Kul Mocks Mock Mule
Kul Mocks Mock Mule
Moscow Mule / KUL MOCKS NA / 0.0%
Creating KUL MOCKS wasn't just about the beverages, it was about creating the experience of drinking a cocktail, minus the alcohol. Hand-crafted with simple ingredients and natural flavors, KUL MOCKS ready-to-drink alcohol free cocktails are flavorful and fun! Using natural ingredients with a touch of real cane sugar makes them 50 calories or less without sacrificing any taste.
During my time spent reviewing products in the world of non-alcoholic beer, wine, and spirits, I have discovered that there are two basic categories that nearly all of these companies fall into. Half of them are trying their best to mimic a traditional alcoholic beverage as closely as they can. They want us to get lost in the drink and forget that what we are sipping on lacks that one key ingredient. The other half are simply doing what they can to make their product as tasty as possible. Whether it has the characteristics of an alcoholic version is not nearly as important as the drink simply being something that consumers can enjoy. I don’t think that either approach is more valid than the other, but they are clearly distinct from each other.
Most brands that are creating canned “mocktails” fall into the second category, and Kul Mocks seems to be no exception. Each of the varieties that they offer is crafted with a classic cocktail in mind, but they strike me more as cold, summer drinks that anyone can enjoy without even knowing what the creators were going for. Or at least that’s the impression I got from sampling the Strawberry Mock-arita. Today I have decided to try out another flavor, their Mock Mule, and discover if that trend holds true. Keep reading my Kul Mocks Mock Mule review below to find out how tasty it is and whether it really does evoke thoughts of an alcoholic cocktail.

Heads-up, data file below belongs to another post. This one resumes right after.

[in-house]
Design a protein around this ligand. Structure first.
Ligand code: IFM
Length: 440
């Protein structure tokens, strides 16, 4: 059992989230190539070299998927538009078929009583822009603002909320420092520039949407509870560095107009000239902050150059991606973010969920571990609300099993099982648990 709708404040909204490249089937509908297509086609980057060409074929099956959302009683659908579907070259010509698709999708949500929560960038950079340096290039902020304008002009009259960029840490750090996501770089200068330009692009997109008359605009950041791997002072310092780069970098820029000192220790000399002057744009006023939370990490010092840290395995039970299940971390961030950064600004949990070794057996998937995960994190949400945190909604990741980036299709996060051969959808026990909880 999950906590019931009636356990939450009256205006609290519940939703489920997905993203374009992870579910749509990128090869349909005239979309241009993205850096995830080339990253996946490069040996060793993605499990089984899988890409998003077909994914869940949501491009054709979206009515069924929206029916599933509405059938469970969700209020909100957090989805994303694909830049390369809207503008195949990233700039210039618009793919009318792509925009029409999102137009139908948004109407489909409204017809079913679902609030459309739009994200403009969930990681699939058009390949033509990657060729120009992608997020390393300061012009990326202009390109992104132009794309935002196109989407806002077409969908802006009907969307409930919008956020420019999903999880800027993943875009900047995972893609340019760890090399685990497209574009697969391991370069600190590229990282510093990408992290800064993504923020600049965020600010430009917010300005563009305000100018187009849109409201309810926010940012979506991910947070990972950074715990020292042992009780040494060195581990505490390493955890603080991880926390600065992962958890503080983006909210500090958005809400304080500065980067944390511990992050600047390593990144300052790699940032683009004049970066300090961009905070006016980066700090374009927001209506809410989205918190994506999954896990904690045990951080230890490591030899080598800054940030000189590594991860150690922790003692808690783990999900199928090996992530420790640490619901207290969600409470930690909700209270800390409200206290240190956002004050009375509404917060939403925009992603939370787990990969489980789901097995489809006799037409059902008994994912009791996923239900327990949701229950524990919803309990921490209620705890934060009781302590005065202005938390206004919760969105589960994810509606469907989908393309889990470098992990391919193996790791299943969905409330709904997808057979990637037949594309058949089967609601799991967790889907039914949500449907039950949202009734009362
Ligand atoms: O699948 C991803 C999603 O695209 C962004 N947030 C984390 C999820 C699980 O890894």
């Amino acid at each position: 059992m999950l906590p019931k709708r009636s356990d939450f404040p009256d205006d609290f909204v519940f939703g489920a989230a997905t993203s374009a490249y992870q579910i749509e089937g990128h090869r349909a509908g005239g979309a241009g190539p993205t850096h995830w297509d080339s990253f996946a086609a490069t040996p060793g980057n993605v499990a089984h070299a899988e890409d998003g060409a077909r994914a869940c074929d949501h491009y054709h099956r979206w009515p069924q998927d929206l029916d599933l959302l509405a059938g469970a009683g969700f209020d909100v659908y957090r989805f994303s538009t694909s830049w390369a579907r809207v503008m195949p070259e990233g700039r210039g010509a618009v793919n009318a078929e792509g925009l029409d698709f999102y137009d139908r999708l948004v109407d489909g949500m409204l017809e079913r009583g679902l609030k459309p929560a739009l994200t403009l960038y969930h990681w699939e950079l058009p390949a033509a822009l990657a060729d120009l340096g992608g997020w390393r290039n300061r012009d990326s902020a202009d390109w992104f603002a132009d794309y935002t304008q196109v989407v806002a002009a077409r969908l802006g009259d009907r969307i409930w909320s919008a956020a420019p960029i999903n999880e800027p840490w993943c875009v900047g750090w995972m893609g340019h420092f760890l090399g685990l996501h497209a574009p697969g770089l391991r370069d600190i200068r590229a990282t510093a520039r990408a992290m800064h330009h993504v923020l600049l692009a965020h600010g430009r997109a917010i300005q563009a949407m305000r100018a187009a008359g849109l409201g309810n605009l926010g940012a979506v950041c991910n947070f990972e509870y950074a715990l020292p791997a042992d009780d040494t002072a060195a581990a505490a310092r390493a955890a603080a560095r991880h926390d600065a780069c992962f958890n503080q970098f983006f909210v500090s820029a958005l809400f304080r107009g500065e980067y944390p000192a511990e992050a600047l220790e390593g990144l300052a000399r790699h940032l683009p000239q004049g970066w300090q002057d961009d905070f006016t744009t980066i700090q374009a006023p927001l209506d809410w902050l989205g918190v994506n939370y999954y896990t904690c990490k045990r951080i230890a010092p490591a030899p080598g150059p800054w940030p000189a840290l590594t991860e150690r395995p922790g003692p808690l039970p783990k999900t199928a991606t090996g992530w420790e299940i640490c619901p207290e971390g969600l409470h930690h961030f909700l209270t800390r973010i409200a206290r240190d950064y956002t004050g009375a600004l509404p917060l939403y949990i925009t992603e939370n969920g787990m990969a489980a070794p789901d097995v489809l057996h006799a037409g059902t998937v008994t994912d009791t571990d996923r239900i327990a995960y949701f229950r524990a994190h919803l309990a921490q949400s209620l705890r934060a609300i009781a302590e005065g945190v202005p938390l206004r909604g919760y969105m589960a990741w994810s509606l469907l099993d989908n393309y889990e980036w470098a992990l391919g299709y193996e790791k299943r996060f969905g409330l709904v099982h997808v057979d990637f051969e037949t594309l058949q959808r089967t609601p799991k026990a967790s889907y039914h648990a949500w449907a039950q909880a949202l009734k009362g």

Kul Mocks Mock Mule Review
At first glance, Kul Mocks appear much like many of the other canned cocktails in the liquor store. White can with some colorful lettering and designs and a bunch of taglines all over the label. But the logo for the Mock Mule is actually quite pleasant when you stop to take a look. An animated copper mug is adorned with a lime garnish and backed by a mountain range. Ginger plants frame the foreground.
And it turns out that the taglines aren’t actually taglines but more so health-conscious facts about the beverage. They tell us that this drink is gluten-free, non-GMO, and contains no artificial sweeteners. The back of the can informs us that it contains just 45 calories and 10 grams of sugar, relatively low numbers compared to a soft drink or any alcoholic beverage. Many NA consumers are looking after their personal health, and Kul Mocks seems up to snuff in that regard.
I can’t imagine many people pouring a beverage of this sort into a glass, but if you choose to do so, it is sharp and clear with a decent but not overwhelming amount of carbonation. The sole aroma that I really get on the nose is lime but a pleasant strength nonetheless.